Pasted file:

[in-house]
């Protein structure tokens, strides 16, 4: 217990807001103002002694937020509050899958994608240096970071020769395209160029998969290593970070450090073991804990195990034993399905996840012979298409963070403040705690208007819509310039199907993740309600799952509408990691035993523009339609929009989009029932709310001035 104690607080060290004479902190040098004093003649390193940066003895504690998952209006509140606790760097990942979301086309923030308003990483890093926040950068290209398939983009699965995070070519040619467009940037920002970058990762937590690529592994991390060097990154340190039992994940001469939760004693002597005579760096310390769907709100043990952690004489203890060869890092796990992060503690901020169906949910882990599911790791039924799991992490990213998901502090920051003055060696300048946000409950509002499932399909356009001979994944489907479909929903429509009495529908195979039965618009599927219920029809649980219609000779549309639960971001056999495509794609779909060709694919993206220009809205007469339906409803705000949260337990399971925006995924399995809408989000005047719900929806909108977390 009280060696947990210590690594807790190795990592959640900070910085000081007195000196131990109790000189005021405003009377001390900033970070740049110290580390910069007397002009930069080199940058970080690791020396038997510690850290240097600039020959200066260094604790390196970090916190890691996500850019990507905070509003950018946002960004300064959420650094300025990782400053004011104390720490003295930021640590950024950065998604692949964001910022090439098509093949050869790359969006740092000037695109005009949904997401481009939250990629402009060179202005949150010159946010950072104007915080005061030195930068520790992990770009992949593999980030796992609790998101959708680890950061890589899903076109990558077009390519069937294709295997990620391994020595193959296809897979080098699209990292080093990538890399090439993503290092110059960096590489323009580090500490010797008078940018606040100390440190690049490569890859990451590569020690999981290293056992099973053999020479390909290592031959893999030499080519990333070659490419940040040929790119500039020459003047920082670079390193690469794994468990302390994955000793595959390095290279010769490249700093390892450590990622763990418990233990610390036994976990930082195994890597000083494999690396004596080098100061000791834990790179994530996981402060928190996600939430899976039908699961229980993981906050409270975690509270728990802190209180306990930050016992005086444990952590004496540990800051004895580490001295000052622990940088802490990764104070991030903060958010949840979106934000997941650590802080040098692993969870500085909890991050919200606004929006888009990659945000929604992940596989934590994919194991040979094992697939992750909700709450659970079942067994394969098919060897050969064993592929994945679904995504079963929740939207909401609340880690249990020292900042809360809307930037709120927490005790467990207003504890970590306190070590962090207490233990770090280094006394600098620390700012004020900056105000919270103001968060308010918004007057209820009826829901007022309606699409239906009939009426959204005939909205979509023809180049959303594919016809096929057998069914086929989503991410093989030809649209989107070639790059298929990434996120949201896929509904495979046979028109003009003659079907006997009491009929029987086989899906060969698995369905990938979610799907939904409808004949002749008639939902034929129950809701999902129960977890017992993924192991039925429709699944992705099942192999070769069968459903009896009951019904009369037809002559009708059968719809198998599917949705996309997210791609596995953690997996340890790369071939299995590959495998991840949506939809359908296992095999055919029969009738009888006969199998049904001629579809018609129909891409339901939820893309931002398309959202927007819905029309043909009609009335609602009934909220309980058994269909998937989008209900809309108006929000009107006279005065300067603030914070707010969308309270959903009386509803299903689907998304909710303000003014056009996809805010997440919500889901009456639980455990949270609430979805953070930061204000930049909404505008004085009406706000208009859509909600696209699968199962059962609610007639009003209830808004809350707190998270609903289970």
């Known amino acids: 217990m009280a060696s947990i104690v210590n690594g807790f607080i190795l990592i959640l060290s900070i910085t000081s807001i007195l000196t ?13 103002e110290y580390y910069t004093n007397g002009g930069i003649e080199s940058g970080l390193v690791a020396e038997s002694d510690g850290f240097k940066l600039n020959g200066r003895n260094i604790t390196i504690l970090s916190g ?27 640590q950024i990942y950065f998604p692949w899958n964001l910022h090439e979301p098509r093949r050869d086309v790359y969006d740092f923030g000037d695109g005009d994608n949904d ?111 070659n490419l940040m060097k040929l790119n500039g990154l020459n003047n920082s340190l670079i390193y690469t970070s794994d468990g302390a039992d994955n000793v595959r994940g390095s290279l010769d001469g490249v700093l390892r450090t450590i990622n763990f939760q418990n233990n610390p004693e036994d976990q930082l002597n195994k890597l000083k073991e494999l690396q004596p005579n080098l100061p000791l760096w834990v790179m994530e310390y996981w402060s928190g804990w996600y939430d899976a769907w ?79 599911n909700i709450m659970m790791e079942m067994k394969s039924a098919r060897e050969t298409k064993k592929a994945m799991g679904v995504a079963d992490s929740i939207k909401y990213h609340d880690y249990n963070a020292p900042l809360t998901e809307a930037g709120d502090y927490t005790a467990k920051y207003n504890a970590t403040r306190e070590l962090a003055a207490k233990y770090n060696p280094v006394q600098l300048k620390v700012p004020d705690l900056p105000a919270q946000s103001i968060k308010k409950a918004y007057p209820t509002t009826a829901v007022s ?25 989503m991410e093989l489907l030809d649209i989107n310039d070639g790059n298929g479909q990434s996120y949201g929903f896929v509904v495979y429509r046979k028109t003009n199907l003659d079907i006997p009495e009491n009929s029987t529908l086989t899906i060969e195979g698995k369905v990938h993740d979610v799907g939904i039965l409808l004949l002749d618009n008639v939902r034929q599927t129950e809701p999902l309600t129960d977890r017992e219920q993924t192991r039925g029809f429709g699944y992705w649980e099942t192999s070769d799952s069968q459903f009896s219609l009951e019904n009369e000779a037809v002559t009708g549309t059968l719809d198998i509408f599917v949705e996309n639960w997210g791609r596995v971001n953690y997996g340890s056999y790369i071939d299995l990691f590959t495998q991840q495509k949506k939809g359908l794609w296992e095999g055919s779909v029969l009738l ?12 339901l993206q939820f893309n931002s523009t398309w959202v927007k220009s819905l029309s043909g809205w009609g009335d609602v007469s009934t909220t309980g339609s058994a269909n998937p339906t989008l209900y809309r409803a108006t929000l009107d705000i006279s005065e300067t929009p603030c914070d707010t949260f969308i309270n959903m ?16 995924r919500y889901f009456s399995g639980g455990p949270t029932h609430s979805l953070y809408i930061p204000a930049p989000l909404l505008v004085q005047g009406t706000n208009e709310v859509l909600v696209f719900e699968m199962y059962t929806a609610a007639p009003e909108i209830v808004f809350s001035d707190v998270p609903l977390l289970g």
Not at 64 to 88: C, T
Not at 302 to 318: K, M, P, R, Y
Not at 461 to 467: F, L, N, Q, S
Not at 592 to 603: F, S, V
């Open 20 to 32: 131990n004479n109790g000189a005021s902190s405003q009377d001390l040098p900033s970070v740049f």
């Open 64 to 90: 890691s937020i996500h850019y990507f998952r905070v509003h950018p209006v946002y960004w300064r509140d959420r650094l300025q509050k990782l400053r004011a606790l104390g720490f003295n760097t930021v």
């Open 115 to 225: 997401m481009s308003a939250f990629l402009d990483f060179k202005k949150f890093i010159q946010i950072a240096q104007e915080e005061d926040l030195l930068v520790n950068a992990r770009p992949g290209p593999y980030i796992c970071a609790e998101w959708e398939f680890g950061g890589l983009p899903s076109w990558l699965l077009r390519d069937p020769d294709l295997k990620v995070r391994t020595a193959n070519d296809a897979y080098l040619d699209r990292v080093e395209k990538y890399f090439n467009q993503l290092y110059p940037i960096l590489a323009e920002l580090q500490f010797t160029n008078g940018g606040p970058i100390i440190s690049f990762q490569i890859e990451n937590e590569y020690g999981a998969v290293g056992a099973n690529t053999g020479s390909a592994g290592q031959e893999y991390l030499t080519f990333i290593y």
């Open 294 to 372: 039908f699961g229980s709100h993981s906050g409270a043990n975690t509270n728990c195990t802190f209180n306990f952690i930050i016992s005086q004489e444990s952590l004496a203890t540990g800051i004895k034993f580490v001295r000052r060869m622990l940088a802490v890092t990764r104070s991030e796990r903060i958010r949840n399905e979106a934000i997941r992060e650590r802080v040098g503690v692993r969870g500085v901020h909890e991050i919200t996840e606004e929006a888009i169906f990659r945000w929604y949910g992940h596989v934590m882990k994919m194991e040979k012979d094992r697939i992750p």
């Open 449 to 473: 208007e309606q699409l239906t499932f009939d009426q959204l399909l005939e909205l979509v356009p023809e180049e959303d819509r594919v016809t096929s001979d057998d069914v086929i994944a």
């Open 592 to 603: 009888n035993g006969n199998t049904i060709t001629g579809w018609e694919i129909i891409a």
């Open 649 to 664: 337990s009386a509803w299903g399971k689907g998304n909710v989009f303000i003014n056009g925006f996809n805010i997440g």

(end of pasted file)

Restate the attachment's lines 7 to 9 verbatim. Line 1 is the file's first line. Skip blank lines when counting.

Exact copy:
Not at 592 to 603: F, S, V
């Open 20 to 32: 131990n004479n109790g000189a005021s902190s405003q009377d001390l040098p900033s970070v740049f």
């Open 64 to 90: 890691s937020i996500h850019y990507f998952r905070v509003h950018p209006v946002y960004w300064r509140d959420r650094l300025q509050k990782l400053r004011a606790l104390g720490f003295n760097t930021v």